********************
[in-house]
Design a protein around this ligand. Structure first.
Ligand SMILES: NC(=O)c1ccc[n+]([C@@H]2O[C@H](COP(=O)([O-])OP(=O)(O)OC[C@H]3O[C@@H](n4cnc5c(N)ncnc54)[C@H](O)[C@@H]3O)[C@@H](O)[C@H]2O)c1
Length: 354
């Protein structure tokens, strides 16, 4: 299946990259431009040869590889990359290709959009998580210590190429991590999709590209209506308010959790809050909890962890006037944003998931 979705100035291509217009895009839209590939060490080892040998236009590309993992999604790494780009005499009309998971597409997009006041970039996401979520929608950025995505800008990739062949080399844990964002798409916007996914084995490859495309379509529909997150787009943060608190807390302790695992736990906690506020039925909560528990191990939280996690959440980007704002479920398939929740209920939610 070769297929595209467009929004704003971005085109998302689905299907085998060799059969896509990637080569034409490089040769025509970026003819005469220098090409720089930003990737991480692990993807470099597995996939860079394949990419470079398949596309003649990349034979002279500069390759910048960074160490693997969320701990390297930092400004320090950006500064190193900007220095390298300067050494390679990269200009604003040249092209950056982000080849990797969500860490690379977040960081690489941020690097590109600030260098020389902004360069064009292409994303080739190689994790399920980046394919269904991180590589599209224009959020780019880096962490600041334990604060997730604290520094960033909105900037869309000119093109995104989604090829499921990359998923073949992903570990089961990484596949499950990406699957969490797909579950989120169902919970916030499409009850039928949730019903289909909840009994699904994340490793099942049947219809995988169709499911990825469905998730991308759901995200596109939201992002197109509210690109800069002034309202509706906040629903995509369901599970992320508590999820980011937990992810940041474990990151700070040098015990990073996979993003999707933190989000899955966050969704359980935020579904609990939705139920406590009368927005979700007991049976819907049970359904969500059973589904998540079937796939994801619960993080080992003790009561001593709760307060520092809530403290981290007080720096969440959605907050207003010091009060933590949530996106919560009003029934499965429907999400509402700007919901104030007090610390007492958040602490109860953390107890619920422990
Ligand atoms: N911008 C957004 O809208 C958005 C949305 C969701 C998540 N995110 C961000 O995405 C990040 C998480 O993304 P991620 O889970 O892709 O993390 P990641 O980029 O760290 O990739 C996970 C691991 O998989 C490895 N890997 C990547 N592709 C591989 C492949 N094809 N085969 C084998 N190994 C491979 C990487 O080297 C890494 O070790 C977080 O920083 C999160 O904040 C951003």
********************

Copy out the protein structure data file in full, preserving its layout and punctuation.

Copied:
[in-house]
Design a protein around this ligand. Structure first.
Ligand SMILES: NC(=O)c1ccc[n+]([C@@H]2O[C@H](COP(=O)([O-])OP(=O)(O)OC[C@H]3O[C@@H](n4cnc5c(N)ncnc54)[C@H](O)[C@@H]3O)[C@@H](O)[C@H]2O)c1
Length: 354
């Protein structure tokens, strides 16, 4: 299946990259431009040869590889990359290709959009998580210590190429991590999709590209209506308010959790809050909890962890006037944003998931 979705100035291509217009895009839209590939060490080892040998236009590309993992999604790494780009005499009309998971597409997009006041970039996401979520929608950025995505800008990739062949080399844990964002798409916007996914084995490859495309379509529909997150787009943060608190807390302790695992736990906690506020039925909560528990191990939280996690959440980007704002479920398939929740209920939610 070769297929595209467009929004704003971005085109998302689905299907085998060799059969896509990637080569034409490089040769025509970026003819005469220098090409720089930003990737991480692990993807470099597995996939860079394949990419470079398949596309003649990349034979002279500069390759910048960074160490693997969320701990390297930092400004320090950006500064190193900007220095390298300067050494390679990269200009604003040249092209950056982000080849990797969500860490690379977040960081690489941020690097590109600030260098020389902004360069064009292409994303080739190689994790399920980046394919269904991180590589599209224009959020780019880096962490600041334990604060997730604290520094960033909105900037869309000119093109995104989604090829499921990359998923073949992903570990089961990484596949499950990406699957969490797909579950989120169902919970916030499409009850039928949730019903289909909840009994699904994340490793099942049947219809995988169709499911990825469905998730991308759901995200596109939201992002197109509210690109800069002034309202509706906040629903995509369901599970992320508590999820980011937990992810940041474990990151700070040098015990990073996979993003999707933190989000899955966050969704359980935020579904609990939705139920406590009368927005979700007991049976819907049970359904969500059973589904998540079937796939994801619960993080080992003790009561001593709760307060520092809530403290981290007080720096969440959605907050207003010091009060933590949530996106919560009003029934499965429907999400509402700007919901104030007090610390007492958040602490109860953390107890619920422990
Ligand atoms: N911008 C957004 O809208 C958005 C949305 C969701 C998540 N995110 C961000 O995405 C990040 C998480 O993304 P991620 O889970 O892709 O993390 P990641 O980029 O760290 O990739 C996970 C691991 O998989 C490895 N890997 C990547 N592709 C591989 C492949 N094809 N085969 C084998 N190994 C491979 C990487 O080297 C890494 O070790 C977080 O920083 C999160 O904040 C951003």